However, many modern zoos around the world have introduced animal shows, petting and feeding sessions to attract more visitors in order to earn more money. This leads to many concerns from the public on the physical and mental impacts of captivity on the wild animals. This essay examines the advantages and disadvantages of zoos to lead us to a possible conclusion whether it is ethical to place animals in captivity. We will also examine if zoos have the best possible facilities to keep animals in captivity. Body One of the advantages of having zoos, is to provide protection to some animals that are endangered.
Animal rights activists argue that it is inhumane to house animals in inadequate habitats and are upset that many species that aren’t considered endangered are being held in zoos around the world. Zoo advocates argue for the conservation and research of endangered species, and thoroughly work to benefit different species and keep them healthy. Both arguments base their reasoning off of varying ideas, animals rights activists address the physical downfalls of animals in captivity, how it is nearly impossible to perfectly recreate an animals natural habitat, and the abuse of animals in captivity. Zoo advocates argue that the conservation and research of endangered species is necessary to keep them from extinction, they fight for humane treatment of animals around the world and work hard to show the real problem in today’s environment. Endearing Emotions As you can imagine, stories of animal abuse and the destruction of natural habitats around the world cultivate a strong emotional foundation that drives many people’s
They are wild predators and threatening to some. But we should also understand why some opt to adopt them despite understanding its dangers. By implementing a law, we can make sure owners are responsible for it and thus provide adequate care for their own pets. We can make sure neighbors feel comfortable and accept these “special” friends. Last but not the least, we can make sure the animal is safe and free from suffocating cages and insufficient food.
All in all, the sources have different and similar ways in supporting that the zoo's role is to protect animals. Although the sources have similar evidence, they still have different ways. In “The Zoos Go Wild” instead of the author talking about being safe and protected there was a different idea. According to the Nirgiotis “Willie’s keepers wanted him to be happy” (Nirgiotis, pg. 3).
Zoos have always been something that families love and kids look forward to going to. Kids learn about the animals and the habitats and enjoy the entertainment. It is a great experience for people, but not for the animals. Zoos are downright cruel to Animals. Animals our forced to live in an unreal stressful, and boring conditions.
But some zoos again are preserving and studying endangered species in captivity to save endangered species in the wild. For example the San Diego Zoo researchers are working to preserve living cell samples from animals. Hoping that one day they will have the technology to turn cells into full animals, which could allow scientists to restore endangered species. So zoos have had the choice how to save endangered species, ones what are quicker or ones what are not possible to do right now. No one is born to be prisoner.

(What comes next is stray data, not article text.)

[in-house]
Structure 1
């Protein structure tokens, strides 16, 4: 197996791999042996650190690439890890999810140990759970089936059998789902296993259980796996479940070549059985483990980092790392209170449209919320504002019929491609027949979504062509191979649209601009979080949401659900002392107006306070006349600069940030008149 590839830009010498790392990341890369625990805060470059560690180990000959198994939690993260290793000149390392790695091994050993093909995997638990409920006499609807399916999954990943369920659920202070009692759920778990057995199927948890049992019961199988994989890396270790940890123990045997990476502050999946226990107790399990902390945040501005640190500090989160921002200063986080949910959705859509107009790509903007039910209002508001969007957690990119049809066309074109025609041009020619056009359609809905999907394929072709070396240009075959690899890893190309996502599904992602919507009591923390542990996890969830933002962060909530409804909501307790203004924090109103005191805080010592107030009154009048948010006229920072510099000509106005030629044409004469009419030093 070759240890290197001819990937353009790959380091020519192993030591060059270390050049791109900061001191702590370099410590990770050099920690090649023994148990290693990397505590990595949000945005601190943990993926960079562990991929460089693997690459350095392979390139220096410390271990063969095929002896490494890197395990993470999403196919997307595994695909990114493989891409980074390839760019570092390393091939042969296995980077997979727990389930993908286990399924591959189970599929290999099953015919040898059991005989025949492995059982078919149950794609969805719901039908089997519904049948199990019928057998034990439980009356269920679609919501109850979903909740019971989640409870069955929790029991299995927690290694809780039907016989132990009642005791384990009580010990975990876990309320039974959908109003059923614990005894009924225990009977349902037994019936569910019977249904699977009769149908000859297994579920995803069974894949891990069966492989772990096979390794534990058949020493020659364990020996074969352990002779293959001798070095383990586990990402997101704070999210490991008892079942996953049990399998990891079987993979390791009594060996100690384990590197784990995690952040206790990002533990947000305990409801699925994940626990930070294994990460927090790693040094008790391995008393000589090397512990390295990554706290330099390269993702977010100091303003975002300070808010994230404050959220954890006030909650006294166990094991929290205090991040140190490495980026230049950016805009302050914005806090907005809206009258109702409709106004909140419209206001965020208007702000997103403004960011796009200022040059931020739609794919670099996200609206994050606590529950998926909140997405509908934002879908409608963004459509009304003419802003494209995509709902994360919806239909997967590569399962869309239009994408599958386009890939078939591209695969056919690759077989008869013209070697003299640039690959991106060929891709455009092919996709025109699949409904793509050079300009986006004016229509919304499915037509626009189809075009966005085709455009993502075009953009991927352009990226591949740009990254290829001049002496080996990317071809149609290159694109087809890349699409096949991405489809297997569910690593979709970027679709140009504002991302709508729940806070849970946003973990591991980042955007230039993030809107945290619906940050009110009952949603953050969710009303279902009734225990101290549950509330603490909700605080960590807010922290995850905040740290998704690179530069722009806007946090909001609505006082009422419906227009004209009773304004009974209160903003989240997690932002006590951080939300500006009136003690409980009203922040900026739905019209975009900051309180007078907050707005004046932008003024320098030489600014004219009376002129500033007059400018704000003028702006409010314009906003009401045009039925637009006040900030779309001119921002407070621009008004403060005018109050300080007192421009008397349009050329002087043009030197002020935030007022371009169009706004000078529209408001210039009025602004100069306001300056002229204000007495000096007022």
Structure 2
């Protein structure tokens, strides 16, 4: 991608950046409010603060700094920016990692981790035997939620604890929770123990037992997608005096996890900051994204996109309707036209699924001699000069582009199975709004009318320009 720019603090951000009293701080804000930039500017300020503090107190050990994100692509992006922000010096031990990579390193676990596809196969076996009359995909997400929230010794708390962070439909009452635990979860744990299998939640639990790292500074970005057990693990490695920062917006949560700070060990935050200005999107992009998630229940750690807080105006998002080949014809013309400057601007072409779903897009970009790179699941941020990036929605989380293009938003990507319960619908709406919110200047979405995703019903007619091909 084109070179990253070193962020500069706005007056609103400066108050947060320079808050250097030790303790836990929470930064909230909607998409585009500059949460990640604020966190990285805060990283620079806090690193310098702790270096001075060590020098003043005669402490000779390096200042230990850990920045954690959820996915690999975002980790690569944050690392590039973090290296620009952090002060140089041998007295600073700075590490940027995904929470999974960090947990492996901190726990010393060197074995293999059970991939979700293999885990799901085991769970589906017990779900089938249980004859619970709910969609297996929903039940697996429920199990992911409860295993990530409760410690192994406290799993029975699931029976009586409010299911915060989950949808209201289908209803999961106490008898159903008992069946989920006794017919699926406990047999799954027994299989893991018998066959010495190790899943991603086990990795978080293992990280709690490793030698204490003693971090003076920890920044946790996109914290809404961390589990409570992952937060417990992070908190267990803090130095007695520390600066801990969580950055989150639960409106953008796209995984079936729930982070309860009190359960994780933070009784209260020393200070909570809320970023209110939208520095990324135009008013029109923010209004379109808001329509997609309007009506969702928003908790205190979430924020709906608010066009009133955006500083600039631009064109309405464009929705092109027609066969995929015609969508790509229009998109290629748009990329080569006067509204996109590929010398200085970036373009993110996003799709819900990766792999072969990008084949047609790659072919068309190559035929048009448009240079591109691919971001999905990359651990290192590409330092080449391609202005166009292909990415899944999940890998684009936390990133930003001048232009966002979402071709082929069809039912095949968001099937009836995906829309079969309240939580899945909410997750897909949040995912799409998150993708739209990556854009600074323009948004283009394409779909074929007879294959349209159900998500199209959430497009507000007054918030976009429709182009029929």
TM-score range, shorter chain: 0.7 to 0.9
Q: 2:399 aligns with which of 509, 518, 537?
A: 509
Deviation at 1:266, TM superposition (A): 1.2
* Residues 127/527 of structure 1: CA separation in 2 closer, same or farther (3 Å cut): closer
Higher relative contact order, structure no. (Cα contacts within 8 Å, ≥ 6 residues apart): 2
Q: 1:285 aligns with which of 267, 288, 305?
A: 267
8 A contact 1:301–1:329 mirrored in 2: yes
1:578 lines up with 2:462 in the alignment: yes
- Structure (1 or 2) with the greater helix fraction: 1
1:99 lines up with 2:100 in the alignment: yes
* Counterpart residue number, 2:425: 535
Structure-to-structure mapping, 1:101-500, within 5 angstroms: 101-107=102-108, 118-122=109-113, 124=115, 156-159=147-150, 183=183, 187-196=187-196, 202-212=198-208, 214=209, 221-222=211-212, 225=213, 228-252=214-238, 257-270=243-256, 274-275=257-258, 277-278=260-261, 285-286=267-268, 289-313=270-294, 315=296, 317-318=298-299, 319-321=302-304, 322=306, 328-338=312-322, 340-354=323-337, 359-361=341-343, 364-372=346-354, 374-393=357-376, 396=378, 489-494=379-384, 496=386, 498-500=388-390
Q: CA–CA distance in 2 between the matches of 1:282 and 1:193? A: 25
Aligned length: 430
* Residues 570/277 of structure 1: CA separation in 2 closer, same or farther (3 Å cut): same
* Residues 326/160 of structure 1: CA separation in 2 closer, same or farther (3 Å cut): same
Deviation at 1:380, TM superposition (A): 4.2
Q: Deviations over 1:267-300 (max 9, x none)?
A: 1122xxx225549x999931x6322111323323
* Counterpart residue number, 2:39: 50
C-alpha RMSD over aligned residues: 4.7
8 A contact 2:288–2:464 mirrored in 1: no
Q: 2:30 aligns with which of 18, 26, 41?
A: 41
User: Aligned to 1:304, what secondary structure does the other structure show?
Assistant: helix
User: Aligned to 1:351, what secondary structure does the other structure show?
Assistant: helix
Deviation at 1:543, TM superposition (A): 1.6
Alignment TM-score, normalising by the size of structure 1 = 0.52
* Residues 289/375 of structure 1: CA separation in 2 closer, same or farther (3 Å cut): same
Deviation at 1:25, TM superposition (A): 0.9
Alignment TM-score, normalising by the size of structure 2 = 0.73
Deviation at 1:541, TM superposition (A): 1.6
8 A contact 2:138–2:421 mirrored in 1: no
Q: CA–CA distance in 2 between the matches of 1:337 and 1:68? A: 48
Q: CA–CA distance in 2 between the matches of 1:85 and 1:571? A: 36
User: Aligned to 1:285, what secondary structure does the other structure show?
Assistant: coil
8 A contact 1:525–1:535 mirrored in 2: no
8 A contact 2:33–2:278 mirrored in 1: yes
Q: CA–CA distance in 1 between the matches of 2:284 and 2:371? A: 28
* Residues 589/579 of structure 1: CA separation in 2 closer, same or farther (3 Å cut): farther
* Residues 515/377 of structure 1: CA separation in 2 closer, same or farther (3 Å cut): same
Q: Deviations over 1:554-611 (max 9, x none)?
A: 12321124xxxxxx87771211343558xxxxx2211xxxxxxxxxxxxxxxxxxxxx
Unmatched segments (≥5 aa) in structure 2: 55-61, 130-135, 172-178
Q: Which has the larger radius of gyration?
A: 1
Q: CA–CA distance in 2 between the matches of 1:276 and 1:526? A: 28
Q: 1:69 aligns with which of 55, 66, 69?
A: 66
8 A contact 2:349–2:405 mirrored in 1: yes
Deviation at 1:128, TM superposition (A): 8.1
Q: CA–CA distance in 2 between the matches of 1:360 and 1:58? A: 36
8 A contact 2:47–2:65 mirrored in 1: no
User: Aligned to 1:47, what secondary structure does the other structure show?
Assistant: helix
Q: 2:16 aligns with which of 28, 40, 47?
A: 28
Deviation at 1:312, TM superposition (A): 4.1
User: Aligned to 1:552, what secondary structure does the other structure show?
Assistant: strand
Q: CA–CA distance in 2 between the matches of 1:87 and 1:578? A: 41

One of the main arguments for zoos and other animal sightseeing places is the educational benefits and support for wild animals. Zoos usually have speakers who talk about the animals and in better cases about how to help endangered animals avoid extinction. I have witnessed one of these talks first hand at my local zoo. A few times a day they have a speaker come to the tiger enclosure and list facts and interesting characteristics of tigers. This can be beneficial, but does not need an animal to be captive.
Lastly, one big claim is that zoos help conservation of animals (Borrel n.p). If zoos were really concerned, they would try to conserve animals in their natural habitat, “the only way to realistically stop extinction is to preserve the world’s habitat and ecosystems,” (Zoos n.p). While zoos may help a bit, there are better ways to help and learn from
Allowing zoos to continue on with what they do can allow them to prevent endangered species from going extinct, have animals receive proper care from experts, and allow people to educate themselves with the wildlife around them, and learn more about what the world really does hold. First things first, one of the most vital things a zoo can do to help animals is to rescue animals from extinction. For example, in the first article, “The Impact of Animal Protection,” it states that “These programs have helped bring several animals - black-footed ferrets, California condors, red wolves, golden lion tamarins, and others - back from near extinction over the last 30 years,” It also states that “People cannot build or hunt in those areas, and rangers are there to watch over the animals,” This clearly supports the fact that saving animals through inhabiting them in zoos is highly efficient, and that the animals there are safe. Despite zoos “entrapping” animals in their own
This definitely helped a lot, but still doesn’t fix the problem with predators. Predators are like robbers of their prey’s life. Once one is caught, predators never let go. While some may argue that being in a zoo will affect an animal’s hunting skills, it’s not always the best plan to let endangered animals free in the wild. It stands to reason that society should continue keeping our animals safe from danger in